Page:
The flight to quality in financial markets is hardly news, especially with Europe seemingly on the brink. But losing money to preserve capital is neither wise nor necessary.
I’ll explain, but first a bit of background.
The perceived risk of Spain and much of Europe collapsing has resulted in a rush toward liquid assets deemed to be bastions of safety—namely short-term debt of safer countries like the U.S., Germany and the Netherlands.
It’s time to add France to that list.
For the first time, 13- and 24-week French Treasury bills sold at negative yields.
This means that investors offered to pay more money today than they will receive in three or six months from the French government. This surprising turn of events brings to four the number of European countries whose T-bills have negative yields: Austria, Germany, Netherlands and now France.
This comes on the heels of new quantitative easing in the U.K. and rate cuts across Europe aimed at stimulating stagnant economies across the continent.
Denmark’s central bank made the boldest move of the lot by reducing the short-term deposit rate to -0.20 percent. Yes, institutions must now pay the Danish central bank to hold their deposits.
The fear of contagion is spilling across the Atlantic with investors in the U.S. seeming less willing to part with U.S. Treasurys in anticipation of the Federal Reserve potentially going forward with QE3—the market’s nickname for what would be the U.S. central bank’s third round of quantitative easing since the market collapse of 2008.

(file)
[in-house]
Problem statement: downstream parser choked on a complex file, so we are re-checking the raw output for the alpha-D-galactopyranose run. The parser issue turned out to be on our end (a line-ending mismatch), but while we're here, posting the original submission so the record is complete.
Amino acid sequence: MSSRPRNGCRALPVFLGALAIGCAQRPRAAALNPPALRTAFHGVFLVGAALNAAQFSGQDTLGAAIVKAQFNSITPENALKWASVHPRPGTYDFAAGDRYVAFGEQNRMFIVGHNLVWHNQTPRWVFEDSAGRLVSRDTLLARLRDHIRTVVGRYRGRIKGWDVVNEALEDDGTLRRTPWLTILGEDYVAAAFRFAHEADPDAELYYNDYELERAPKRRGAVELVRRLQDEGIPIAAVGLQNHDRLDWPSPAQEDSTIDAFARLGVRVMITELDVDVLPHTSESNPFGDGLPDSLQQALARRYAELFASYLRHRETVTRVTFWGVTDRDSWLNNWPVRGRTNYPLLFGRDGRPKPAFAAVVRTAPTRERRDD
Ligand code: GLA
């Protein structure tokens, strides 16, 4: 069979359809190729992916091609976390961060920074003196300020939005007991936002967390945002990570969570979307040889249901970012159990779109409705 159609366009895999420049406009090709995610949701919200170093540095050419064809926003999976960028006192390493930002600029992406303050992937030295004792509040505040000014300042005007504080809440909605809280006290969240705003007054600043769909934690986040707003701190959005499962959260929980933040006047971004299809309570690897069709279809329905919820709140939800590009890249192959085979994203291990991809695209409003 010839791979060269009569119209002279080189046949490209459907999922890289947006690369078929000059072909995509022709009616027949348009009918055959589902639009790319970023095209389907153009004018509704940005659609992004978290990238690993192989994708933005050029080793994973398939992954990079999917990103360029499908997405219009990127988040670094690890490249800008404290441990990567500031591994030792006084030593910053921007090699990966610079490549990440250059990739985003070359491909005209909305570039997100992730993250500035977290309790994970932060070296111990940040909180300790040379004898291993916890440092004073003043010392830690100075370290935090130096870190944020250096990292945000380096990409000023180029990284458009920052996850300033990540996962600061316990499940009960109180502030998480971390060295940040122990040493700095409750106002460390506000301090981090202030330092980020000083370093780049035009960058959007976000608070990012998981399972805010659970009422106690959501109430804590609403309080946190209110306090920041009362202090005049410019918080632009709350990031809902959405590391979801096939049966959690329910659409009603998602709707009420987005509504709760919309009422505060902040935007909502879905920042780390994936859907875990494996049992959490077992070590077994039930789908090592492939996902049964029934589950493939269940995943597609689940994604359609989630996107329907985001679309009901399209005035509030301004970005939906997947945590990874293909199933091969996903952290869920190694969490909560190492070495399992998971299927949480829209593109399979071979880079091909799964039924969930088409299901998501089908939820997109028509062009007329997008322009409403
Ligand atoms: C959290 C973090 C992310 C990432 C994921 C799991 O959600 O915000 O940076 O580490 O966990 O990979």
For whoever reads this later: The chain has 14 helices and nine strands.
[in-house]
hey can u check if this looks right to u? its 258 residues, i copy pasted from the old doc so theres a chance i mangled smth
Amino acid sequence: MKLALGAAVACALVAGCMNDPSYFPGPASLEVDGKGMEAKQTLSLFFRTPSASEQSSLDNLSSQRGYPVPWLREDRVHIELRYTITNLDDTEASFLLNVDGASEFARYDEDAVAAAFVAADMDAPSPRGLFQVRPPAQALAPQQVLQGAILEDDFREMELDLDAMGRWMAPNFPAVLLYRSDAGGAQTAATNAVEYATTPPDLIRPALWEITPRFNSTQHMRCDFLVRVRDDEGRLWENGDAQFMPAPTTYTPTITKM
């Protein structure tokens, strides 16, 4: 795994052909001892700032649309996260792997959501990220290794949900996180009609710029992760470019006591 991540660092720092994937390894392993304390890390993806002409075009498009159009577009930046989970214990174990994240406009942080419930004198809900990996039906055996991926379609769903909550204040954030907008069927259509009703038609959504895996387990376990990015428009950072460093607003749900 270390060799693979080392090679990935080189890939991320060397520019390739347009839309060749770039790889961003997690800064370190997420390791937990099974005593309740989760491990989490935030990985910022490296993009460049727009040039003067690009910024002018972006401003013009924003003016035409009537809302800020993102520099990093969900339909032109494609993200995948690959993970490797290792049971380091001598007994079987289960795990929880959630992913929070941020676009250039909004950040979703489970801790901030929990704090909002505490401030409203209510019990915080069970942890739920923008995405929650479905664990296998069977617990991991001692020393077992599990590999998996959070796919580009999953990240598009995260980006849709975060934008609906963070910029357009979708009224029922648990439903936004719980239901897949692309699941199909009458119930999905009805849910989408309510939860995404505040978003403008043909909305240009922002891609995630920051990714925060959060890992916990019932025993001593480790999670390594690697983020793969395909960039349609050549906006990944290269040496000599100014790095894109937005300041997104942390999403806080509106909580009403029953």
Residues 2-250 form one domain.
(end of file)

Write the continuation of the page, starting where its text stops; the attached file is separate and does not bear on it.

Investors are faced with trying to preserve capital while searching for some semblance of yield.
While this may sound obvious, negative yields are no way to preserve capital.
And, as I pointed out almost a year ago, after expenses, neither is a fund like the SPDR Barclays Capital 1-3 Month T-Bill ETF (NYSEArca: BIL).
The truth is most retail investors are better off putting money in a certificate of deposit, getting the benefit of guaranteed interest payments and FDIC insurance.
For those looking to invest more than $250,000, in my view, that’s worth taking on some credit risk to avoid paying up for preserving capital, at least in nominal terms.